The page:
Going pro

There seems to be hundreds, even thousands, of overnight success stories out there.

The reality is that success rarely, if ever, comes as a result of very little effort.

Whatever your chosen endeavour, be it losing weight, or building a business, or writing a book, or learning a musical instrument, you are going to have to decide if you are a professional or an amateur.

By professional, I don’t just mean getting paid for it, although it’s easier to explain this idea in that context. Steven Pressfield wrote about what a professional is in The War of Art, by relating it to what we do for a job. The salient points are:

  1. You show up every day. Even if it’s just so you don’t get fired.
  2. You show up no matter what. Even if you are sick or hung over.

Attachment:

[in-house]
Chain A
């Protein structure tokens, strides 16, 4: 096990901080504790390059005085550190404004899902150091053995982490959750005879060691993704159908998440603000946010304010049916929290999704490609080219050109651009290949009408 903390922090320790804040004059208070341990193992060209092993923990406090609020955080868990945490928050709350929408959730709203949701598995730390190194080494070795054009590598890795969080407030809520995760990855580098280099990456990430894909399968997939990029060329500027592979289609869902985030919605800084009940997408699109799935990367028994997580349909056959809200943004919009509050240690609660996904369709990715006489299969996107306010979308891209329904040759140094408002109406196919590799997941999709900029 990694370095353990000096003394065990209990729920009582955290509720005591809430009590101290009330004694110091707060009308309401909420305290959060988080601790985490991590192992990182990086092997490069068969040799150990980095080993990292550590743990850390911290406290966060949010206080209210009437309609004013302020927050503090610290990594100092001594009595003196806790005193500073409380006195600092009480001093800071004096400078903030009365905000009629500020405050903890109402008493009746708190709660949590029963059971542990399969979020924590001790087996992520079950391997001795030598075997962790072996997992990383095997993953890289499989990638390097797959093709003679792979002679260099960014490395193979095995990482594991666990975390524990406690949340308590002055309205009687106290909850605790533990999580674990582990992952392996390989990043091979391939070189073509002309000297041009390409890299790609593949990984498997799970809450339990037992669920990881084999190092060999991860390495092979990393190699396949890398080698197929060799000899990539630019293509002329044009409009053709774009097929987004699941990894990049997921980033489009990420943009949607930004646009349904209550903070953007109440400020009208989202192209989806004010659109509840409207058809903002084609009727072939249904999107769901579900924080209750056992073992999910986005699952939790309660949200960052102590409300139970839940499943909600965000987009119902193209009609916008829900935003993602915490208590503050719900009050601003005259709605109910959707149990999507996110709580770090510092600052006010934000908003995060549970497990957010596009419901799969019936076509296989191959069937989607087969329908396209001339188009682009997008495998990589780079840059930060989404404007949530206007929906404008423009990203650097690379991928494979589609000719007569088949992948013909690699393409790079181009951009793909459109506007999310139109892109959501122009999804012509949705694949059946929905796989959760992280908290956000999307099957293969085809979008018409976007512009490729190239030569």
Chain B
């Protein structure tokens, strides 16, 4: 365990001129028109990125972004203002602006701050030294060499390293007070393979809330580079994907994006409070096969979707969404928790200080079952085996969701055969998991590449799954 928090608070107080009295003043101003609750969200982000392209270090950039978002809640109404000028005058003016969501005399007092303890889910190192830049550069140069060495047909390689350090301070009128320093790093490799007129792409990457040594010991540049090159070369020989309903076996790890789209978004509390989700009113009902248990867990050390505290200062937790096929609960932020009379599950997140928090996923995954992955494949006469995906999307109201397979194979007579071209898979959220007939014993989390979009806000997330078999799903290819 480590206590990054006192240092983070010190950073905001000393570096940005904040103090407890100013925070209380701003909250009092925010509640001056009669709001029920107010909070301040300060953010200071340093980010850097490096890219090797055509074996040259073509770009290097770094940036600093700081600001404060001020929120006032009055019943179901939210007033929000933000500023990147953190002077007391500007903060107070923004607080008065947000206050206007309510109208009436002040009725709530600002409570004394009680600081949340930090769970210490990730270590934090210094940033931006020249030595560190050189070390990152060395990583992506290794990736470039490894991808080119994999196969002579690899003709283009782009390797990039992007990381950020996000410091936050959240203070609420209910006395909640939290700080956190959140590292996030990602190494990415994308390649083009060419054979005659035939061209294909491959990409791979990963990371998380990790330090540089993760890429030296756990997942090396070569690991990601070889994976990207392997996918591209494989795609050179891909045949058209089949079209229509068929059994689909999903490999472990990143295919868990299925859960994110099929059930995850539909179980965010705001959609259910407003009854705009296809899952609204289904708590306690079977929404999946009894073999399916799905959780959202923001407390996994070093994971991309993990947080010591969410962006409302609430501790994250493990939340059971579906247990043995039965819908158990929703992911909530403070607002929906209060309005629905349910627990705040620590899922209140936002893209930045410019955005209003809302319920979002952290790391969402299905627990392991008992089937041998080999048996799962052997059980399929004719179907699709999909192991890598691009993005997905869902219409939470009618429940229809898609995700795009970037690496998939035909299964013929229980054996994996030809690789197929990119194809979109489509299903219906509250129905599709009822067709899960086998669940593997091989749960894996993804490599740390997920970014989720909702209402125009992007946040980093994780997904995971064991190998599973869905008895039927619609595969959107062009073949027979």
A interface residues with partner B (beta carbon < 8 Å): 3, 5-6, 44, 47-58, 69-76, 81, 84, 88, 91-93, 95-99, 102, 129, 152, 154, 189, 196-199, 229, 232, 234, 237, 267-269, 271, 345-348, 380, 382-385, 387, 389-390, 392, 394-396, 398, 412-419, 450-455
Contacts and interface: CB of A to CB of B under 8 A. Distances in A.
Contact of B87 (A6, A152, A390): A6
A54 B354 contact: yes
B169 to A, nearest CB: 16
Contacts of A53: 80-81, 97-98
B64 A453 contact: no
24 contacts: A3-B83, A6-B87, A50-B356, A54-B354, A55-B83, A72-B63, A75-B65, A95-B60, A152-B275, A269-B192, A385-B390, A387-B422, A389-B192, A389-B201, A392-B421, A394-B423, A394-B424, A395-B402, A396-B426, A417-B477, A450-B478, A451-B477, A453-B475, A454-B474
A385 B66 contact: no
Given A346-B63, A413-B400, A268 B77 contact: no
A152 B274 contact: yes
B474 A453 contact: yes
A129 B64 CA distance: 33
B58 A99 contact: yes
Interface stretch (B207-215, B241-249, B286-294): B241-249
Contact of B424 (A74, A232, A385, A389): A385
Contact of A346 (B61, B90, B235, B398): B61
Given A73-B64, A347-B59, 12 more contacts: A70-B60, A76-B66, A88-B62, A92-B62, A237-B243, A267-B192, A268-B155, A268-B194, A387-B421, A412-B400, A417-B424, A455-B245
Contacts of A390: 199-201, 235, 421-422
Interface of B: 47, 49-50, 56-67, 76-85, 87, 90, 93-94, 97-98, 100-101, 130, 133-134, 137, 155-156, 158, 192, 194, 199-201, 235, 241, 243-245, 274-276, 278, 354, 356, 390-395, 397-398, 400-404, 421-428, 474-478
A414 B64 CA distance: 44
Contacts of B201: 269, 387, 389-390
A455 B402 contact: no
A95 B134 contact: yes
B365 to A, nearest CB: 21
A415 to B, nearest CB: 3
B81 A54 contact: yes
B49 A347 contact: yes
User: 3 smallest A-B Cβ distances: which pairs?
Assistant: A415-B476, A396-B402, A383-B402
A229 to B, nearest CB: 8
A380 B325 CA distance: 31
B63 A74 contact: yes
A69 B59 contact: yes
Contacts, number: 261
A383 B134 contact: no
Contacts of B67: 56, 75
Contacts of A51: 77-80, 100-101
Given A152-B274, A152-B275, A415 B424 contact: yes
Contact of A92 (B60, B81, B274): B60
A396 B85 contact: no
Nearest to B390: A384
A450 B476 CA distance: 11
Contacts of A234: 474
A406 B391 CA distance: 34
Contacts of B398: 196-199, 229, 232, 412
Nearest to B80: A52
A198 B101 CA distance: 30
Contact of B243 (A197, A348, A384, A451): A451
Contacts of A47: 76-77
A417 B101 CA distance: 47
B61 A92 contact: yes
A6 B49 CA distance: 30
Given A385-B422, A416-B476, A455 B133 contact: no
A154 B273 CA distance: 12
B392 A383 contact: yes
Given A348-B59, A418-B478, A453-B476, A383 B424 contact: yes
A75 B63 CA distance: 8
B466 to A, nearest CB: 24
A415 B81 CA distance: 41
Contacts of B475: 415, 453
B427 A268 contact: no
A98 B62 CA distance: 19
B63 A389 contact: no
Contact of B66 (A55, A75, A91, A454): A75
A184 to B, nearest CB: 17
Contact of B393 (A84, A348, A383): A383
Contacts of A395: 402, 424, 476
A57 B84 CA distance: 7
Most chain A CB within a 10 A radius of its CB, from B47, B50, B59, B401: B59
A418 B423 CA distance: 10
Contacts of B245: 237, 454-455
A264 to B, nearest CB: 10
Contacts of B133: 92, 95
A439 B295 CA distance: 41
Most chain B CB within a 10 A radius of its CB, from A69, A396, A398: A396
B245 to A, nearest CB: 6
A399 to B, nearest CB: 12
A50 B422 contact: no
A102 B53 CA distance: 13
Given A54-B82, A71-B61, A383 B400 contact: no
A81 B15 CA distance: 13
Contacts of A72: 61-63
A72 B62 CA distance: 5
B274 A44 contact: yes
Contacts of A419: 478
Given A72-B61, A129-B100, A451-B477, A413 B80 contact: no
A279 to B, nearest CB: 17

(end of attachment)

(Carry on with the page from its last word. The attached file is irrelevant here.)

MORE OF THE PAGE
3. You are committed over the long haul. You might have a different job with a different company next year. Either way you’ll still be working.
  4. The stakes are high and real. It’s about survival.
  5. You are committed to mastering the technique of your job.
  6. You have a sense of humour about it.
  7. You allow yourself to be judged in the real world.  You accept that your work will receive praise or criticism.

Now compare this to an amateur:

  1. He does not show up every day. Just when he feels like it.
  2. He does not show up no matter what. Just when it’s convenient.
  3. He’s committed for the short term only.
  4. She is not interested in mastering the technique.
  5. She does not have a sense of humour about failure.
  6. She does not expose herself to judgement in the real world.

Whatever your ambition, approaching it from a professional perspective will give you the best possible chance of success.

You can stay on the sidelines as an amateur, or get in the game as a pro. You decide.